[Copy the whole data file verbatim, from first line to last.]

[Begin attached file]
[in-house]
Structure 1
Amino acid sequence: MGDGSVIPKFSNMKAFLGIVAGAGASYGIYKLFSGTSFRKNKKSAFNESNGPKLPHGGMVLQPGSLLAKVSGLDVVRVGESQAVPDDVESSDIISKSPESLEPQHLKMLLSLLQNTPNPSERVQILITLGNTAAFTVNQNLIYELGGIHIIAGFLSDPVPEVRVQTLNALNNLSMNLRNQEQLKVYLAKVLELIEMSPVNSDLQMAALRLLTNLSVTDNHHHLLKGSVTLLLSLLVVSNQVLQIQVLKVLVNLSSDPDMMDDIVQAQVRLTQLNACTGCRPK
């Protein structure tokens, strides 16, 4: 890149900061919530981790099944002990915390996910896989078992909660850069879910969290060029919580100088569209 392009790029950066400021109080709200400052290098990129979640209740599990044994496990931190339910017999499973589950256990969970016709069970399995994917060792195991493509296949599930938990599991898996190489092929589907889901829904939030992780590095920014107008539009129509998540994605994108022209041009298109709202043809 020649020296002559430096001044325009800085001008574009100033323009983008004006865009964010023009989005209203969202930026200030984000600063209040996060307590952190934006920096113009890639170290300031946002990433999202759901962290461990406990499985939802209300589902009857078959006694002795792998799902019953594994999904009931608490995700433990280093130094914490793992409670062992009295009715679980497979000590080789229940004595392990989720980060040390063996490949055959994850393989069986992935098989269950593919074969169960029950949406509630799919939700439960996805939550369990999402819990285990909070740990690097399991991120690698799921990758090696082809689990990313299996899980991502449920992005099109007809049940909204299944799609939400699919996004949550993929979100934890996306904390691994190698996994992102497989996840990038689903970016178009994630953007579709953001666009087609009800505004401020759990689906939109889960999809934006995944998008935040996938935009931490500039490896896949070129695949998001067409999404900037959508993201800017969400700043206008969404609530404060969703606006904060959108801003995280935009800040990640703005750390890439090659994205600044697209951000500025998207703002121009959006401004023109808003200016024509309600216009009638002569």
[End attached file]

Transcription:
[in-house]
Structure 1
Amino acid sequence: MGDGSVIPKFSNMKAFLGIVAGAGASYGIYKLFSGTSFRKNKKSAFNESNGPKLPHGGMVLQPGSLLAKVSGLDVVRVGESQAVPDDVESSDIISKSPESLEPQHLKMLLSLLQNTPNPSERVQILITLGNTAAFTVNQNLIYELGGIHIIAGFLSDPVPEVRVQTLNALNNLSMNLRNQEQLKVYLAKVLELIEMSPVNSDLQMAALRLLTNLSVTDNHHHLLKGSVTLLLSLLVVSNQVLQIQVLKVLVNLSSDPDMMDDIVQAQVRLTQLNACTGCRPK
């Protein structure tokens, strides 16, 4: 890149900061919530981790099944002990915390996910896989078992909660850069879910969290060029919580100088569209 392009790029950066400021109080709200400052290098990129979640209740599990044994496990931190339910017999499973589950256990969970016709069970399995994917060792195991493509296949599930938990599991898996190489092929589907889901829904939030992780590095920014107008539009129509998540994605994108022209041009298109709202043809 020649020296002559430096001044325009800085001008574009100033323009983008004006865009964010023009989005209203969202930026200030984000600063209040996060307590952190934006920096113009890639170290300031946002990433999202759901962290461990406990499985939802209300589902009857078959006694002795792998799902019953594994999904009931608490995700433990280093130094914490793992409670062992009295009715679980497979000590080789229940004595392990989720980060040390063996490949055959994850393989069986992935098989269950593919074969169960029950949406509630799919939700439960996805939550369990999402819990285990909070740990690097399991991120690698799921990758090696082809689990990313299996899980991502449920992005099109007809049940909204299944799609939400699919996004949550993929979100934890996306904390691994190698996994992102497989996840990038689903970016178009994630953007579709953001666009087609009800505004401020759990689906939109889960999809934006995944998008935040996938935009931490500039490896896949070129695949998001067409999404900037959508993201800017969400700043206008969404609530404060969703606006904060959108801003995280935009800040990640703005750390890439090659994205600044697209951000500025998207703002121009959006401004023109808003200016024509309600216009009638002569």